Staff of the Eurosystem provided analysis of the optimal level of the inflation target. On the one hand, an inflation rate away from zero has economic costs (e.g. it involves more frequent price changes), results in more volatile inflation (based on historical experience) and deviates from a literal understanding of “price stability”. On the other hand, having a positive inflation buffer mitigates concerns about measurement biases in the HICP, or the existence of downward nominal wage rigidities. A positive inflation target also provides a safety margin against the risk of deflation. For any given targeted inflation rate, nominal policy interest rates will be constrained by the effective lower bound more frequently and for longer periods if equilibrium real interest rates are lower (Brand et al., 2018). This reduces the room for providing accommodation during recessions. All else equal, the higher the inflation target, the larger the scope to use the conventional policy instruments, that is the short-term interest rates (Andrade et al., 2021).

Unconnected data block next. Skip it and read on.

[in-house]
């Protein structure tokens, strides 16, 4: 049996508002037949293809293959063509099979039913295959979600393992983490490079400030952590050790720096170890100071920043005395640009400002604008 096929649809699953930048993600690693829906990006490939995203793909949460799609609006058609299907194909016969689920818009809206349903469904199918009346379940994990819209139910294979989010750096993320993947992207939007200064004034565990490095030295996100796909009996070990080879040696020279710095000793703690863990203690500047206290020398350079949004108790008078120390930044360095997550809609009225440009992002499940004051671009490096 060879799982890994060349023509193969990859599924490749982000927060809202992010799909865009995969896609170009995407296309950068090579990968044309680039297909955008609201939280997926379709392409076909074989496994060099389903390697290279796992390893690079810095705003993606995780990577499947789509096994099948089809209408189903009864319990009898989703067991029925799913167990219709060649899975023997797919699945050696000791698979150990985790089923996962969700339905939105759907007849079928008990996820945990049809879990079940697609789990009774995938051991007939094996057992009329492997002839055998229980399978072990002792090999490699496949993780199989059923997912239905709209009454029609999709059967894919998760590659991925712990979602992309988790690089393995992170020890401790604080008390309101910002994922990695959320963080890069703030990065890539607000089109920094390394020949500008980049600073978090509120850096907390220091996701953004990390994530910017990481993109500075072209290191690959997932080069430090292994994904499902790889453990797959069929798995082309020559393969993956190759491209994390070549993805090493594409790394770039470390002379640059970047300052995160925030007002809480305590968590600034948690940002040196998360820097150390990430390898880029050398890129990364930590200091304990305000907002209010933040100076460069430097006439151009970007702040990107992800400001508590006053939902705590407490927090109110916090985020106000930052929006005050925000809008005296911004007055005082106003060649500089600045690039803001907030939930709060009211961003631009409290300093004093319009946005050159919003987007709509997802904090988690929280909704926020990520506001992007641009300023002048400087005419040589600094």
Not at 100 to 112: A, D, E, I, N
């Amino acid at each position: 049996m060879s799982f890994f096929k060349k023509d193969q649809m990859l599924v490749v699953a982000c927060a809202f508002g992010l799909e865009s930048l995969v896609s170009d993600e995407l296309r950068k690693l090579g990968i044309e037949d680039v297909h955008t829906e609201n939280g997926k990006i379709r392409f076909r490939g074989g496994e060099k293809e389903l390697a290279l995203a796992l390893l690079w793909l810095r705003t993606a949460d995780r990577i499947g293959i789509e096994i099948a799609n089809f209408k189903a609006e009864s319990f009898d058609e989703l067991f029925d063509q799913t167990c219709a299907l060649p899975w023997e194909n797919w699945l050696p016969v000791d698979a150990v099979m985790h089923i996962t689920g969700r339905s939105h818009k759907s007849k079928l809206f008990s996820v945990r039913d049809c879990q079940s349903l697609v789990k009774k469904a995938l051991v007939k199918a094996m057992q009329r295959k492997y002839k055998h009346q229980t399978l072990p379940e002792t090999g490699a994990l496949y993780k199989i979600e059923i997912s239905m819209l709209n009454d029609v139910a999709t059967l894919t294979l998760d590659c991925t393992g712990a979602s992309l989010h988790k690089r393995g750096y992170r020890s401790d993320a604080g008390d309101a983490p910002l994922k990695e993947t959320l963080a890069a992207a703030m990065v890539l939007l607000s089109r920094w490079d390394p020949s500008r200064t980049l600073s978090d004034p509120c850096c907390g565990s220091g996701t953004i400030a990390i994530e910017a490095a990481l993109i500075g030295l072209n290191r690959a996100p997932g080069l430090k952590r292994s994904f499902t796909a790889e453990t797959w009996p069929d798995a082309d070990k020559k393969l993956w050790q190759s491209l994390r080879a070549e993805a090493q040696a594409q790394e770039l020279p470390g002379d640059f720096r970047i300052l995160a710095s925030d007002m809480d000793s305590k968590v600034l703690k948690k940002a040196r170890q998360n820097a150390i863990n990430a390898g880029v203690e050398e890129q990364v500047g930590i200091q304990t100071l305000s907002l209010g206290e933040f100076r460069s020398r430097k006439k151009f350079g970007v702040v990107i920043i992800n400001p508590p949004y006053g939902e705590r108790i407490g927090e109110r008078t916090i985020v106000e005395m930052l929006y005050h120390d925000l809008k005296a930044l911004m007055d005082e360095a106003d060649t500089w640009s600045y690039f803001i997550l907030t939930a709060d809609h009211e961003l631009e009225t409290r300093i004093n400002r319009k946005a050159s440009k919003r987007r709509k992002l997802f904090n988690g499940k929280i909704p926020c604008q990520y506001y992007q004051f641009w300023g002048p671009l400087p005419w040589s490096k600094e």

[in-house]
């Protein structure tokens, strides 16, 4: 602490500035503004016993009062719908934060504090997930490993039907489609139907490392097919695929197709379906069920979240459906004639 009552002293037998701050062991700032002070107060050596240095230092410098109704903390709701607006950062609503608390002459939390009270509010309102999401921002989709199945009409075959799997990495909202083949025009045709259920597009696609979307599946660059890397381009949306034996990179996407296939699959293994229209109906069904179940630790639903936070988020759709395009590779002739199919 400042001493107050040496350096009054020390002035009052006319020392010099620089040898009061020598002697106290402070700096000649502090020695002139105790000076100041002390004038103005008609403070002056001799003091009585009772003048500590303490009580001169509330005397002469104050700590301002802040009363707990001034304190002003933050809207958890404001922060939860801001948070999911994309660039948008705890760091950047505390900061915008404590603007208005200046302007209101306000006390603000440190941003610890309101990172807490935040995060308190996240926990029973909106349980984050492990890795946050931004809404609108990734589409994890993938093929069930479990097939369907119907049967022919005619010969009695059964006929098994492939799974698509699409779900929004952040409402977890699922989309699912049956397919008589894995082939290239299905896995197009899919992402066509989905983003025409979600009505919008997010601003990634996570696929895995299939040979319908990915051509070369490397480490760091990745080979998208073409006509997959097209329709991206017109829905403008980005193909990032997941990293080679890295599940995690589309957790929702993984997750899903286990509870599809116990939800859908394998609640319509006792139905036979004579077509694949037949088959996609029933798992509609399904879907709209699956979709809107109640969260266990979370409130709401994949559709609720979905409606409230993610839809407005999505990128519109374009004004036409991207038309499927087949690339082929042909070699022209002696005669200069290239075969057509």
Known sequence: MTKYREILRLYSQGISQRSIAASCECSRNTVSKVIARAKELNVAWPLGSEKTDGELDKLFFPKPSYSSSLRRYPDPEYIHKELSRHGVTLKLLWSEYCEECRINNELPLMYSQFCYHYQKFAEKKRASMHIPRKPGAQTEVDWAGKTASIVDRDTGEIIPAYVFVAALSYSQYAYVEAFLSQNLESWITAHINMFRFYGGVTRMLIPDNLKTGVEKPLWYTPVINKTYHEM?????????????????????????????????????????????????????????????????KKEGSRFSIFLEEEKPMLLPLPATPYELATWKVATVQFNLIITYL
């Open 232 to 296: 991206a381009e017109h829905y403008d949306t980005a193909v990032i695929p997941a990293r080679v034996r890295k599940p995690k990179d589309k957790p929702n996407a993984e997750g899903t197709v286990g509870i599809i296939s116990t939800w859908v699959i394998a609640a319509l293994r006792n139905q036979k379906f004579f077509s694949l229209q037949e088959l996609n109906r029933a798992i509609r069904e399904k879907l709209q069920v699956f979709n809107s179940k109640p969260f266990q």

The Occasional Paper recognises that identifying an optimal level for inflation is challenging. Nevertheless, many analyses suggest that an inflation buffer is if anything more important than in 2003. At the same time, it might be difficult for a central bank to establish the credibility of a new and higher target after having undershot the existing target for some time, especially given that the new target would be different from the one set by other major central banks. In addition, in the last decade central banks have resorted to unconventional monetary policy instruments (such as asset purchases, forward guidance on policy rates and targeted longer-term refinancing operations) to provide additional stimulus to aggregate demand when the policy rates were close to the effective lower bound. These instruments have been effective to support the recovery and bring inflation closer to target (Altavilla et al., 2021), even though their impact and possible side-effects are not well understood.